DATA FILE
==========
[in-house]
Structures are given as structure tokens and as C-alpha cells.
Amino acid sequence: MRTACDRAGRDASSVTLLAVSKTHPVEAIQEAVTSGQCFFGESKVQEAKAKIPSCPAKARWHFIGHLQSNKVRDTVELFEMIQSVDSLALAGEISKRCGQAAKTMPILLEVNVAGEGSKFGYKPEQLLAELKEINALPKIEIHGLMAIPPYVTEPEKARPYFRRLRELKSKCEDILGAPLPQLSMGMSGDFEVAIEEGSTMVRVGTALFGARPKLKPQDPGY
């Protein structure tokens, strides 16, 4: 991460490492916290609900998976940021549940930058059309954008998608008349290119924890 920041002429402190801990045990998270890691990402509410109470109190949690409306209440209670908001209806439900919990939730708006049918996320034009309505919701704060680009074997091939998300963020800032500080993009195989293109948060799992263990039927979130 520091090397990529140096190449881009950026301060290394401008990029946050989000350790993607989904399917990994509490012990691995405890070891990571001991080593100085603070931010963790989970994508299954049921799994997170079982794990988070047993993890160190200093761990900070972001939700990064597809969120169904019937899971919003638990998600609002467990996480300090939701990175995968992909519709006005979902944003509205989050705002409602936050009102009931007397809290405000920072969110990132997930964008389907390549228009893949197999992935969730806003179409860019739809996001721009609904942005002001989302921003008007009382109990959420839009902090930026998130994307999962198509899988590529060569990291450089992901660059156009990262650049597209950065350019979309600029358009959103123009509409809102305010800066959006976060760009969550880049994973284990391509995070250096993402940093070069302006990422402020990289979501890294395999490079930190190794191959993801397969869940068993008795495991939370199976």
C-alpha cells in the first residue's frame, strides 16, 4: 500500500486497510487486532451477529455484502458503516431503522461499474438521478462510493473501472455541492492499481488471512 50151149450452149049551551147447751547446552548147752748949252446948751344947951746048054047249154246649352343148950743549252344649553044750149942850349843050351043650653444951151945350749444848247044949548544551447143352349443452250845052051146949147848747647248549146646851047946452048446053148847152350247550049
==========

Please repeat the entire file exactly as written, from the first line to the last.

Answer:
[in-house]
Structures are given as structure tokens and as C-alpha cells.
Amino acid sequence: MRTACDRAGRDASSVTLLAVSKTHPVEAIQEAVTSGQCFFGESKVQEAKAKIPSCPAKARWHFIGHLQSNKVRDTVELFEMIQSVDSLALAGEISKRCGQAAKTMPILLEVNVAGEGSKFGYKPEQLLAELKEINALPKIEIHGLMAIPPYVTEPEKARPYFRRLRELKSKCEDILGAPLPQLSMGMSGDFEVAIEEGSTMVRVGTALFGARPKLKPQDPGY
């Protein structure tokens, strides 16, 4: 991460490492916290609900998976940021549940930058059309954008998608008349290119924890 920041002429402190801990045990998270890691990402509410109470109190949690409306209440209670908001209806439900919990939730708006049918996320034009309505919701704060680009074997091939998300963020800032500080993009195989293109948060799992263990039927979130 520091090397990529140096190449881009950026301060290394401008990029946050989000350790993607989904399917990994509490012990691995405890070891990571001991080593100085603070931010963790989970994508299954049921799994997170079982794990988070047993993890160190200093761990900070972001939700990064597809969120169904019937899971919003638990998600609002467990996480300090939701990175995968992909519709006005979902944003509205989050705002409602936050009102009931007397809290405000920072969110990132997930964008389907390549228009893949197999992935969730806003179409860019739809996001721009609904942005002001989302921003008007009382109990959420839009902090930026998130994307999962198509899988590529060569990291450089992901660059156009990262650049597209950065350019979309600029358009959103123009509409809102305010800066959006976060760009969550880049994973284990391509995070250096993402940093070069302006990422402020990289979501890294395999490079930190190794191959993801397969869940068993008795495991939370199976």
C-alpha cells in the first residue's frame, strides 16, 4: 500500500486497510487486532451477529455484502458503516431503522461499474438521478462510493473501472455541492492499481488471512 50151149450452149049551551147447751547446552548147752748949252446948751344947951746048054047249154246649352343148950743549252344649553044750149942850349843050351043650653444951151945350749444848247044949548544551447143352349443452250845052051146949147848747647248549146646851047946452048446053148847152350247550049